Spotlight Profile: Roy Montesano
Part of a remarkable clan, the Superintendent of the Year discusses challenges, salary caps, and the governor.
Title: School Superintendent, Ramsey Public Schools.
Why he matters: Montesano, from a famed family of Bergen County school leaders, this week was named New Jersey Superintendent of the Year by the state’s association of school administrators. But what he said about the pressures on school administrators these days, much of it coming from a certain governor, speaks well beyond the state’s most populous county.
In the genes: Montesano is the last of four brothers who have been school chiefs in Bergen County. The others are Joseph in Hacksensack, Charles in Mahwah, and James in Paramus. The first two retired, the third moved to Nyack, NY, schools. Topping it off, their father Rocco was Bergenfield superintendent. And their mother was a teacher. “It’s just one of those things that clicked for all of us.”
The history: Before Ramsey, Montesano was superintendent of Westwood schools, principal in Montvale, and a science teacher and coach in Ridgewood. His wife, Lisa Gross, is an elementary school principal in Randolph.
How the job has evolved: “Just the amount of change in the past five years has been more dramatic than anytime before that for me. Certainly, the economy has been a dramatic impact for us and how money is spent. And as we know, the governor has targeted particularly superintendents and the salaries they make, and that has caused certain pressures and issues.”
The governor’s caps: Gov. Chris Christie’s administration has imposed caps on school superintendent pay, topping out at $175,000 in base salary for most districts, depending on the enrollment.
How that affects Montesano: Not directly, at least not yet, since he closed a new contract before the caps went into effect, making $230,000 when the cap on his size district of 3,100 students would have been $165,000. His contract lasts until 2015.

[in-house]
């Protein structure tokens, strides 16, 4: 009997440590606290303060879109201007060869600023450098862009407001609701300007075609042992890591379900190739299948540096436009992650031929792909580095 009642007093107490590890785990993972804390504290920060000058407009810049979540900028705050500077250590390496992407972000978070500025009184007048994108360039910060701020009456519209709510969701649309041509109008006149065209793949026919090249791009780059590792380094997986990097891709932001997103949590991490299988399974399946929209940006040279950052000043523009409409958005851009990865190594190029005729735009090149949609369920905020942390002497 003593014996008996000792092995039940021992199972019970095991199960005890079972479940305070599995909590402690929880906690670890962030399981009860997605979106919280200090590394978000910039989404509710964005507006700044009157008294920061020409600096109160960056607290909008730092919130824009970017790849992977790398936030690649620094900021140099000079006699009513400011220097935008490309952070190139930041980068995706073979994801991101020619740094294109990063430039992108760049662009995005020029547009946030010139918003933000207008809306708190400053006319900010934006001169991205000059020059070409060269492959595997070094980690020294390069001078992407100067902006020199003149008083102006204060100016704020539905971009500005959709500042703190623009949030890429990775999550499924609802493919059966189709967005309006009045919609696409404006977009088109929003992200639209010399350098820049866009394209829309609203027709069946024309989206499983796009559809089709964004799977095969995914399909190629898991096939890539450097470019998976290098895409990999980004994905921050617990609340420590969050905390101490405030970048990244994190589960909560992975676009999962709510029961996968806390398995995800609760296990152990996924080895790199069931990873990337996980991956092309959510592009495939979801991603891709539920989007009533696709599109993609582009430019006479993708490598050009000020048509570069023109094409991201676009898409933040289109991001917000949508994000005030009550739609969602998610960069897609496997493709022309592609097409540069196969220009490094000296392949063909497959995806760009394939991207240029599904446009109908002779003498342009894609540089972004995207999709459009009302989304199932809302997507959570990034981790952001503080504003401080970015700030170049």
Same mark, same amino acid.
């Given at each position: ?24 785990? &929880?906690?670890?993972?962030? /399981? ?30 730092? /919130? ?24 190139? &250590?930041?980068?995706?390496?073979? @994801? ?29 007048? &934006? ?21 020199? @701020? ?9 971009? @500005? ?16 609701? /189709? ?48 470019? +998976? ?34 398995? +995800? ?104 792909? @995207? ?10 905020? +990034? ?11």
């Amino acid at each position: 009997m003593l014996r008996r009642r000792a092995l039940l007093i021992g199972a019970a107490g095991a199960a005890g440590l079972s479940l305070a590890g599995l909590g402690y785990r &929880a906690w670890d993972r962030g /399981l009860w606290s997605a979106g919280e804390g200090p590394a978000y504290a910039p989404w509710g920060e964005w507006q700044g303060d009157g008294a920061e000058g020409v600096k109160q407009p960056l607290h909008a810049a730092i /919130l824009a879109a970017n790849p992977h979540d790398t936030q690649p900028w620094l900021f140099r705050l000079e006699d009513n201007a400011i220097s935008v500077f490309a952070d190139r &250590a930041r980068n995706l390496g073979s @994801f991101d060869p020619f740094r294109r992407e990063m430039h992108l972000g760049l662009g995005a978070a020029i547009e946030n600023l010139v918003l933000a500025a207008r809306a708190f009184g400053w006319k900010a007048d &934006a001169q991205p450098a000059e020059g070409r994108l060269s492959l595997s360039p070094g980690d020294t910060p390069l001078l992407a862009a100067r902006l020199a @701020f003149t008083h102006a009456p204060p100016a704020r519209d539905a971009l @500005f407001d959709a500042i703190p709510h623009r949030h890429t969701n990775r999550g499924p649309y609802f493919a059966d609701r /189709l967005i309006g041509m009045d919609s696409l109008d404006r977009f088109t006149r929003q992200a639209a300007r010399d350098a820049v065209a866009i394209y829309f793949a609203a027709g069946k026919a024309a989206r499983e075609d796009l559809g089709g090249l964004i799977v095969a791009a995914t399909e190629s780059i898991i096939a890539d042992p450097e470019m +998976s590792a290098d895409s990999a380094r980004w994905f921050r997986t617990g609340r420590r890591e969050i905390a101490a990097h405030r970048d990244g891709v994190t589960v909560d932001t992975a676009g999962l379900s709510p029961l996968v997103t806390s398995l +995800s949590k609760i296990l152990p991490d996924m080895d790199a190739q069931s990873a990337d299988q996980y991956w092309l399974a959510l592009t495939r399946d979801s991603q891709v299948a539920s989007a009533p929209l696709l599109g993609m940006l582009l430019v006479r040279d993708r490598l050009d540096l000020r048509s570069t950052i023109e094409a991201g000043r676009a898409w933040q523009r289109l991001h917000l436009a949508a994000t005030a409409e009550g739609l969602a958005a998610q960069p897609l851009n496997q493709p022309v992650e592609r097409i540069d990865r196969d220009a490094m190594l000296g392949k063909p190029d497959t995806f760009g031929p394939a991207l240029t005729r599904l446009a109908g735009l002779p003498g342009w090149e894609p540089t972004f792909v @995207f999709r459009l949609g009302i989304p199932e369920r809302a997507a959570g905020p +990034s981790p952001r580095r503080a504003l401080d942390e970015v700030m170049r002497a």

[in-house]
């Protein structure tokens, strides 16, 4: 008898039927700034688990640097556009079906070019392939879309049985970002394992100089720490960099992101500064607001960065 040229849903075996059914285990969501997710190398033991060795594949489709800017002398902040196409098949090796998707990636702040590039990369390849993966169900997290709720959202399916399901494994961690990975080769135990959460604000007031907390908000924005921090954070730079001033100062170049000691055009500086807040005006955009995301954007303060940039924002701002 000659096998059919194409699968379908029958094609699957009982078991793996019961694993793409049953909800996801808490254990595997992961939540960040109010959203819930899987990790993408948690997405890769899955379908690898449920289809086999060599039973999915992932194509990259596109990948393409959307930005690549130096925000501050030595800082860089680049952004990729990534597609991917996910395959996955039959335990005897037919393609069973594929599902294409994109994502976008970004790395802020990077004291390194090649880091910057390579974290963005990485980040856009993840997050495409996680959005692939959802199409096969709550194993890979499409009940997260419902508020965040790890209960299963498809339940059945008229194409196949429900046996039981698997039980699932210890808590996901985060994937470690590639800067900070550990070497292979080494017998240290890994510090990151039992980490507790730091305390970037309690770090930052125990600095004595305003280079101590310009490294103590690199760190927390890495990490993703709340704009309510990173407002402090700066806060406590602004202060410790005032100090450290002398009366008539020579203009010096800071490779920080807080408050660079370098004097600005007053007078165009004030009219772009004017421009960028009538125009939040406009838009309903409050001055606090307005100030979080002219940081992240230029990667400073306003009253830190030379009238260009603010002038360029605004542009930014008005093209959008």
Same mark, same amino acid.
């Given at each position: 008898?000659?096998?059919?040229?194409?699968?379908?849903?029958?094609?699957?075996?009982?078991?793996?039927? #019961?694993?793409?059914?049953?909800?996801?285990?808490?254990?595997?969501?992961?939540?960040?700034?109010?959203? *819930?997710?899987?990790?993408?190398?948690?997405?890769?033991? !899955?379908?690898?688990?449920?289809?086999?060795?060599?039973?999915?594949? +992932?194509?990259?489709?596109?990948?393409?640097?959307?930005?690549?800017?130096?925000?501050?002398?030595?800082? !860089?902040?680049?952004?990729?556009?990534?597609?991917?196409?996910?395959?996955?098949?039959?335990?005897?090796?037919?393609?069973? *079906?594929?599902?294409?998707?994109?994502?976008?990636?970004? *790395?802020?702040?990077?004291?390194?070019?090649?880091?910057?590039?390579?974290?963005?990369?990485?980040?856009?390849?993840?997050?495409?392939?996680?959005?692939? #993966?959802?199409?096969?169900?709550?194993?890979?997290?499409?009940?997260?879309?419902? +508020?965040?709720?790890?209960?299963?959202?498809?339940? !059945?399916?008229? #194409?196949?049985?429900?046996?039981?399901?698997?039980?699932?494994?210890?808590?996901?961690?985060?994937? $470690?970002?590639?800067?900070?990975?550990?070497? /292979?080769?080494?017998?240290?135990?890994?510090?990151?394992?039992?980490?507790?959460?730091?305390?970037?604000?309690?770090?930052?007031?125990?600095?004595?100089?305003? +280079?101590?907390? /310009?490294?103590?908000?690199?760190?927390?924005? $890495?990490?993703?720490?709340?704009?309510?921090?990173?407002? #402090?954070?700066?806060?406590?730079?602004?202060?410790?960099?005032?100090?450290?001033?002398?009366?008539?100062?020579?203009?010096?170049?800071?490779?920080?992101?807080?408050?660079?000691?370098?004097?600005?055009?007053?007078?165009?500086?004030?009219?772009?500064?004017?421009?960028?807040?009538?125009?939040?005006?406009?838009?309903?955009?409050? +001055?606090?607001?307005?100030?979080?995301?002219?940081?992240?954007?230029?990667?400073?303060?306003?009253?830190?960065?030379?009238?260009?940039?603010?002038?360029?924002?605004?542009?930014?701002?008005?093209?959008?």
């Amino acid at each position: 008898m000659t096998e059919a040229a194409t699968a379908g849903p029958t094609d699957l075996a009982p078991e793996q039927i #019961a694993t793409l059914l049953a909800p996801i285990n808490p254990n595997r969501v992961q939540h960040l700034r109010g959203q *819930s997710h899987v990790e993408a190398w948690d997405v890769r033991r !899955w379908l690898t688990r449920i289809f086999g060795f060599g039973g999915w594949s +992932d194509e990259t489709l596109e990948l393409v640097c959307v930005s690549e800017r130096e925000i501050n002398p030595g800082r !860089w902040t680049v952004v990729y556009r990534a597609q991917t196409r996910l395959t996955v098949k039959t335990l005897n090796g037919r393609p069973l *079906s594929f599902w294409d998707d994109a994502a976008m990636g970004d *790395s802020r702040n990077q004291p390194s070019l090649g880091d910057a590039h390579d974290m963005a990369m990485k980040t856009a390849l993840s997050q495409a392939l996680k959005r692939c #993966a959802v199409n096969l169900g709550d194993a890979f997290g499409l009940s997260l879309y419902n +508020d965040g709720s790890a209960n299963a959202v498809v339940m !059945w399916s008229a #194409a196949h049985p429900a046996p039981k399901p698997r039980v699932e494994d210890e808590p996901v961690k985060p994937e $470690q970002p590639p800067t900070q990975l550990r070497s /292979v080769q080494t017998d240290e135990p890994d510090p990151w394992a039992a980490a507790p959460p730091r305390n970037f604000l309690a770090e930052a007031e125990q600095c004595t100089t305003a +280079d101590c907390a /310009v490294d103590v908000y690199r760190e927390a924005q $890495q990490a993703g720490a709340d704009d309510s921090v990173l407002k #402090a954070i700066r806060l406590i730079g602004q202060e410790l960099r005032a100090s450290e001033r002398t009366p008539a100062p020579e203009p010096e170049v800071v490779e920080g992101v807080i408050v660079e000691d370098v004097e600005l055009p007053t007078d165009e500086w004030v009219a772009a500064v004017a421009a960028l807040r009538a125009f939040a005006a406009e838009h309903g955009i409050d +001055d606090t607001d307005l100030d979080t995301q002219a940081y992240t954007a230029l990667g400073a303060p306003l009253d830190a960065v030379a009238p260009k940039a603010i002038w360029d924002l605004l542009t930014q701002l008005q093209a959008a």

What he sees instead: “I get concerned about the future of school leadership in New Jersey. I see a number of superintendents who have left, either retired or gone out of state, because of the caps. The people who have taken the job, I don’t want to disparage them, some are terrific educators, but they don’t come in with the kind of experience we are used to.”
Other pressures: The standards and accountability movement has had its benefits, he said. “I understand it, we need to be responsible for outcomes. But at the same time we are focusing on 21st century skills of creativity, collaboration, critical thinking and communication, and I don’t see that being measured.”
Ramsey’s partial answer: The district gives its 9th and 12th graders an online test called the College and Workplace Training Readiness assessment that asks students to write about hypothetical situations using available data. “You may run a city and have to write about how you may reduce crime using the data. It’s a really interesting assessment.”
And more about the governor: “The negativity we are forced to deal with, even places like Ramsey, that can be disheartening. I’d love the governor or commissioner to come visit and see the things we have done.”
Not all bad: “It’s more challenging, but is it less fun? I love my job, and I love knowing I have an impact on the future of young people. That part will never change for me. That part is great.”